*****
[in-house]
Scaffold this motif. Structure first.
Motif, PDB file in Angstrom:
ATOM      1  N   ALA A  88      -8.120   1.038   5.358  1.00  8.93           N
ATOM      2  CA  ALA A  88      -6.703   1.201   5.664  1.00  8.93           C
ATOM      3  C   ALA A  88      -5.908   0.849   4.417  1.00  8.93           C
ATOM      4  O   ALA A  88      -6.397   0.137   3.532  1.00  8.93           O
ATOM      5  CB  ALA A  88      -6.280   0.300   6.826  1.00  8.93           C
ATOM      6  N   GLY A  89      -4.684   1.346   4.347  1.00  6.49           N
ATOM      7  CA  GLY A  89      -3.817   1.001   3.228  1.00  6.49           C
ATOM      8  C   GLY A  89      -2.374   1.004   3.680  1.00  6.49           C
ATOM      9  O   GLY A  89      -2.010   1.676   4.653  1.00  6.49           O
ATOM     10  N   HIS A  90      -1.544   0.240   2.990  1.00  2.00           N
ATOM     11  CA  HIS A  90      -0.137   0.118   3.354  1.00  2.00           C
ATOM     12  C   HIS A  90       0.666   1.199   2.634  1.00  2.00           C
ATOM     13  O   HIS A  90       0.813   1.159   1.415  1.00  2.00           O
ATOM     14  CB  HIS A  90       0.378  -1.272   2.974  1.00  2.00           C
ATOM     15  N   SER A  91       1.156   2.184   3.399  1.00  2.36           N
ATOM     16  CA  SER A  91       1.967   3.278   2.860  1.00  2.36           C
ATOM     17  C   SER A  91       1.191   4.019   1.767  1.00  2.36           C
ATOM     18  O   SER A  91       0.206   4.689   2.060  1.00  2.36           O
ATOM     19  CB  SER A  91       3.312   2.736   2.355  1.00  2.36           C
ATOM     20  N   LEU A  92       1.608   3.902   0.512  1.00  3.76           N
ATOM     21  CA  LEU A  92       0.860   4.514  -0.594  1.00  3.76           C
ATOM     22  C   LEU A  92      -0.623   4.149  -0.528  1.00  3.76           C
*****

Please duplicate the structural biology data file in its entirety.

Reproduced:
[in-house]
Scaffold this motif. Structure first.
Motif, PDB file in Angstrom:
ATOM      1  N   ALA A  88      -8.120   1.038   5.358  1.00  8.93           N
ATOM      2  CA  ALA A  88      -6.703   1.201   5.664  1.00  8.93           C
ATOM      3  C   ALA A  88      -5.908   0.849   4.417  1.00  8.93           C
ATOM      4  O   ALA A  88      -6.397   0.137   3.532  1.00  8.93           O
ATOM      5  CB  ALA A  88      -6.280   0.300   6.826  1.00  8.93           C
ATOM      6  N   GLY A  89      -4.684   1.346   4.347  1.00  6.49           N
ATOM      7  CA  GLY A  89      -3.817   1.001   3.228  1.00  6.49           C
ATOM      8  C   GLY A  89      -2.374   1.004   3.680  1.00  6.49           C
ATOM      9  O   GLY A  89      -2.010   1.676   4.653  1.00  6.49           O
ATOM     10  N   HIS A  90      -1.544   0.240   2.990  1.00  2.00           N
ATOM     11  CA  HIS A  90      -0.137   0.118   3.354  1.00  2.00           C
ATOM     12  C   HIS A  90       0.666   1.199   2.634  1.00  2.00           C
ATOM     13  O   HIS A  90       0.813   1.159   1.415  1.00  2.00           O
ATOM     14  CB  HIS A  90       0.378  -1.272   2.974  1.00  2.00           C
ATOM     15  N   SER A  91       1.156   2.184   3.399  1.00  2.36           N
ATOM     16  CA  SER A  91       1.967   3.278   2.860  1.00  2.36           C
ATOM     17  C   SER A  91       1.191   4.019   1.767  1.00  2.36           C
ATOM     18  O   SER A  91       0.206   4.689   2.060  1.00  2.36           O
ATOM     19  CB  SER A  91       3.312   2.736   2.355  1.00  2.36           C
ATOM     20  N   LEU A  92       1.608   3.902   0.512  1.00  3.76           N
ATOM     21  CA  LEU A  92       0.860   4.514  -0.594  1.00  3.76           C
ATOM     22  C   LEU A  92      -0.623   4.149  -0.528  1.00  3.76           C